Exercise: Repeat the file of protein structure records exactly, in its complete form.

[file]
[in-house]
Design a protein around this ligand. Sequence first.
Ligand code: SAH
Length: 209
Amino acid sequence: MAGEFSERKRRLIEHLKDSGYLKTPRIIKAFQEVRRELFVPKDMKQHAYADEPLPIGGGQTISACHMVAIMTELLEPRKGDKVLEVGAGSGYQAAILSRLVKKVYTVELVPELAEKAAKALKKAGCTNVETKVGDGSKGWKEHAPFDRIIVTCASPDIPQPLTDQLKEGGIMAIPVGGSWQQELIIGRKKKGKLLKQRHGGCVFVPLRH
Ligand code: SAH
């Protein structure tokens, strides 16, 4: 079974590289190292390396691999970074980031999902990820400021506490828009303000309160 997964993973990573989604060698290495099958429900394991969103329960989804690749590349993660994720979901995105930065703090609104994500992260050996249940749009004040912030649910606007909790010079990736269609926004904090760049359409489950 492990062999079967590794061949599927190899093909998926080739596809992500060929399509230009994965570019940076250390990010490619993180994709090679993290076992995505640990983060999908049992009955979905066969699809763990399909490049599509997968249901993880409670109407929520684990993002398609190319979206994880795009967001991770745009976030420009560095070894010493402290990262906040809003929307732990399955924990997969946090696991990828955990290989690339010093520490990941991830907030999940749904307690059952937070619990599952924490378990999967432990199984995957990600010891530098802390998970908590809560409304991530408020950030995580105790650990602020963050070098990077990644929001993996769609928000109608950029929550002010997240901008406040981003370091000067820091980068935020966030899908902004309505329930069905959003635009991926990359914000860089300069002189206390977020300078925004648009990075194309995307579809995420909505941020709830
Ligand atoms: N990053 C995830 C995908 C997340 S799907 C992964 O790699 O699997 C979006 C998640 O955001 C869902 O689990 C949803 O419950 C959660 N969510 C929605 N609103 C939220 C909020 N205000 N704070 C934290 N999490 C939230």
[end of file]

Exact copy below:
[in-house]
Design a protein around this ligand. Sequence first.
Ligand code: SAH
Length: 209
Amino acid sequence: MAGEFSERKRRLIEHLKDSGYLKTPRIIKAFQEVRRELFVPKDMKQHAYADEPLPIGGGQTISACHMVAIMTELLEPRKGDKVLEVGAGSGYQAAILSRLVKKVYTVELVPELAEKAAKALKKAGCTNVETKVGDGSKGWKEHAPFDRIIVTCASPDIPQPLTDQLKEGGIMAIPVGGSWQQELIIGRKKKGKLLKQRHGGCVFVPLRH
Ligand code: SAH
């Protein structure tokens, strides 16, 4: 079974590289190292390396691999970074980031999902990820400021506490828009303000309160 997964993973990573989604060698290495099958429900394991969103329960989804690749590349993660994720979901995105930065703090609104994500992260050996249940749009004040912030649910606007909790010079990736269609926004904090760049359409489950 492990062999079967590794061949599927190899093909998926080739596809992500060929399509230009994965570019940076250390990010490619993180994709090679993290076992995505640990983060999908049992009955979905066969699809763990399909490049599509997968249901993880409670109407929520684990993002398609190319979206994880795009967001991770745009976030420009560095070894010493402290990262906040809003929307732990399955924990997969946090696991990828955990290989690339010093520490990941991830907030999940749904307690059952937070619990599952924490378990999967432990199984995957990600010891530098802390998970908590809560409304991530408020950030995580105790650990602020963050070098990077990644929001993996769609928000109608950029929550002010997240901008406040981003370091000067820091980068935020966030899908902004309505329930069905959003635009991926990359914000860089300069002189206390977020300078925004648009990075194309995307579809995420909505941020709830
Ligand atoms: N990053 C995830 C995908 C997340 S799907 C992964 O790699 O699997 C979006 C998640 O955001 C869902 O689990 C949803 O419950 C959660 N969510 C929605 N609103 C939220 C909020 N205000 N704070 C934290 N999490 C939230």